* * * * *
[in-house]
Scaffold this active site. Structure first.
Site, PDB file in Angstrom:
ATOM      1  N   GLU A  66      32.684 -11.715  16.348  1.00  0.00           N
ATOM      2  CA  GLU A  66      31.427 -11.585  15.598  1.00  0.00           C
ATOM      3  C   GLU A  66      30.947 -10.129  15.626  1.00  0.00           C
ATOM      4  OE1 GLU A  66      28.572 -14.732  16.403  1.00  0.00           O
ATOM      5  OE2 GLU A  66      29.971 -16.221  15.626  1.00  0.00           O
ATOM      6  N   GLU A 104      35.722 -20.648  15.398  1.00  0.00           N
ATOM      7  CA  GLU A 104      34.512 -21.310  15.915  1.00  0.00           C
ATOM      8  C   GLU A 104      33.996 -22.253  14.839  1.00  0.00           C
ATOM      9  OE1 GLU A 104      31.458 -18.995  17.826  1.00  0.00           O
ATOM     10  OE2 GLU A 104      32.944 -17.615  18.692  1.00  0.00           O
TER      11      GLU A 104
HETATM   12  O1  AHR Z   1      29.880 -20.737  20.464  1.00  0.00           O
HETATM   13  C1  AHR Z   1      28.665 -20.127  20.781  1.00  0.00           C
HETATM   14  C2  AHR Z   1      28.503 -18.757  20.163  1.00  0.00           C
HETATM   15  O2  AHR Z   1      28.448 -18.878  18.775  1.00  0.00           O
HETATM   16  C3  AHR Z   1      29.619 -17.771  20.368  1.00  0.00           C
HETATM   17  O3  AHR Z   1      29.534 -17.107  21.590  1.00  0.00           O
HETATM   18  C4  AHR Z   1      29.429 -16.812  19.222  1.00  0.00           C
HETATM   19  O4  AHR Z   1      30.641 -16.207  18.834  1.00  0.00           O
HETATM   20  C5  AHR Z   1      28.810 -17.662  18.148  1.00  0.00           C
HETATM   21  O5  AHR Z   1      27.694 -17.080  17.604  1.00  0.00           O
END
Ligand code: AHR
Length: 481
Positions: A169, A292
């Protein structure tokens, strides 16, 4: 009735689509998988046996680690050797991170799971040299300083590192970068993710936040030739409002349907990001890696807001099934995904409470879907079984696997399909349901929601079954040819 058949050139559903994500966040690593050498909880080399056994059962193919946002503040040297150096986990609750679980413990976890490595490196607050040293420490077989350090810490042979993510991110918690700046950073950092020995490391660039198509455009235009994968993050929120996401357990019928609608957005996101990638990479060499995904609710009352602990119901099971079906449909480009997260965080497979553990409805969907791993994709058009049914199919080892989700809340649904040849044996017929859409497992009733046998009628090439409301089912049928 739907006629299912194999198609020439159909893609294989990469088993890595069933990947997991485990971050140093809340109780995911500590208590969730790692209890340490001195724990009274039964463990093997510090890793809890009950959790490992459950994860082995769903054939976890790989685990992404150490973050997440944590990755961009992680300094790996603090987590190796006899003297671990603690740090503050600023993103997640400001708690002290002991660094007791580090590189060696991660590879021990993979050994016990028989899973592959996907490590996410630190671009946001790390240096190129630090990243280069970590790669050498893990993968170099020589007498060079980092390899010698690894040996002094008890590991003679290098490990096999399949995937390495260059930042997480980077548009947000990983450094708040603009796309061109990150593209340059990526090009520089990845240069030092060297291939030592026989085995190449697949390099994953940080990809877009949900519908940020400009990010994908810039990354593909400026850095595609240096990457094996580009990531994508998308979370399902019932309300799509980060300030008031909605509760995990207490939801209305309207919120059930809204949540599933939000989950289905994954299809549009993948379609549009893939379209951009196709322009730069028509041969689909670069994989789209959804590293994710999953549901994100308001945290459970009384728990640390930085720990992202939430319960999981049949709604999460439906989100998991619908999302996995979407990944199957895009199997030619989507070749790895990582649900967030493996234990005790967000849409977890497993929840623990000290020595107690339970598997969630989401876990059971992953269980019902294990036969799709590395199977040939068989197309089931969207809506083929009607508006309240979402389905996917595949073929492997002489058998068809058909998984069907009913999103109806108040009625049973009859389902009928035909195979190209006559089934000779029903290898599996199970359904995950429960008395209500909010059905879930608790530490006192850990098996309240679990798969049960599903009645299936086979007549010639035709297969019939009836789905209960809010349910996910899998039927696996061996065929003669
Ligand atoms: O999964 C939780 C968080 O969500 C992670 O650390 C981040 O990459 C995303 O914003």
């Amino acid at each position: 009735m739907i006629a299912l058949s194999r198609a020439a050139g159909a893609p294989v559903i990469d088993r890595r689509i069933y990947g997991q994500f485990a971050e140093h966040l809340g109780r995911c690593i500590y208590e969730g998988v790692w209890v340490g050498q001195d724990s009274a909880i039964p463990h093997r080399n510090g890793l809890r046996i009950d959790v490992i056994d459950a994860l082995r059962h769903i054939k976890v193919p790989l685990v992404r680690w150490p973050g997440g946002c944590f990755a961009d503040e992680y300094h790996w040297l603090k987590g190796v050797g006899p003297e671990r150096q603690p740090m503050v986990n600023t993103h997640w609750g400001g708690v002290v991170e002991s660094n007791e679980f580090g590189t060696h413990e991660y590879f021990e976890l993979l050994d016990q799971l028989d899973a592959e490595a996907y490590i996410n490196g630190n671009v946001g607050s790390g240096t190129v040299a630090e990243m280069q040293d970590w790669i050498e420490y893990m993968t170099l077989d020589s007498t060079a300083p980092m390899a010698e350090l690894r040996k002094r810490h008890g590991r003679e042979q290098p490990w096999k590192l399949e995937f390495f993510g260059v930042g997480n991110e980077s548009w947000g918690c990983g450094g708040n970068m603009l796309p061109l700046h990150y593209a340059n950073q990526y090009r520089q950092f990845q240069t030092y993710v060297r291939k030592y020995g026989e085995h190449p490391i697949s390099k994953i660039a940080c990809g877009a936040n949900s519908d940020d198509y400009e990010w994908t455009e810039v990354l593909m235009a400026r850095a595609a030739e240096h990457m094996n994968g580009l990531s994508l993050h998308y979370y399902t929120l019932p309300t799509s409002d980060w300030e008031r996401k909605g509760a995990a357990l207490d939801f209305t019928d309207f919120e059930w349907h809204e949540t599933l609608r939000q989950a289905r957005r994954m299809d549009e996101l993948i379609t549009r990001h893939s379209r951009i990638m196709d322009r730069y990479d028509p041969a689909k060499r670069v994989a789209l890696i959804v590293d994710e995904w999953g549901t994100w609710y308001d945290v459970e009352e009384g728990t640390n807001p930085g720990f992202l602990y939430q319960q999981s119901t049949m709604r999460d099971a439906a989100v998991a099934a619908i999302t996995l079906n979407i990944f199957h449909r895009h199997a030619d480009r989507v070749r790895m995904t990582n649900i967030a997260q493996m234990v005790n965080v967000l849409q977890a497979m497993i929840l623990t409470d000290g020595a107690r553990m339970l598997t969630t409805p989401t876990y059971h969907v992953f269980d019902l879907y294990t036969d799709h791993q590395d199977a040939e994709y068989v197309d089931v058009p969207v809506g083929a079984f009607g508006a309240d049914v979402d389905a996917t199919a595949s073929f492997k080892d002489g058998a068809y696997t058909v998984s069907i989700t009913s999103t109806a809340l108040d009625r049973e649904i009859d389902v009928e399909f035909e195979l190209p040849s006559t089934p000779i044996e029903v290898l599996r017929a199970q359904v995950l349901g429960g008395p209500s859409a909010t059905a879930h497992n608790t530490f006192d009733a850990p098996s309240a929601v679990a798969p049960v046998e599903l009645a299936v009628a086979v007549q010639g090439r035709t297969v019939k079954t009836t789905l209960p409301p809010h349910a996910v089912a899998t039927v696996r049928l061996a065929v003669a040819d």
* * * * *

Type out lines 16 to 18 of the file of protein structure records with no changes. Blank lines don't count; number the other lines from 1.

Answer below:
HETATM   13  C1  AHR Z   1      28.665 -20.127  20.781  1.00  0.00           C
HETATM   14  C2  AHR Z   1      28.503 -18.757  20.163  1.00  0.00           C
HETATM   15  O2  AHR Z   1      28.448 -18.878  18.775  1.00  0.00           O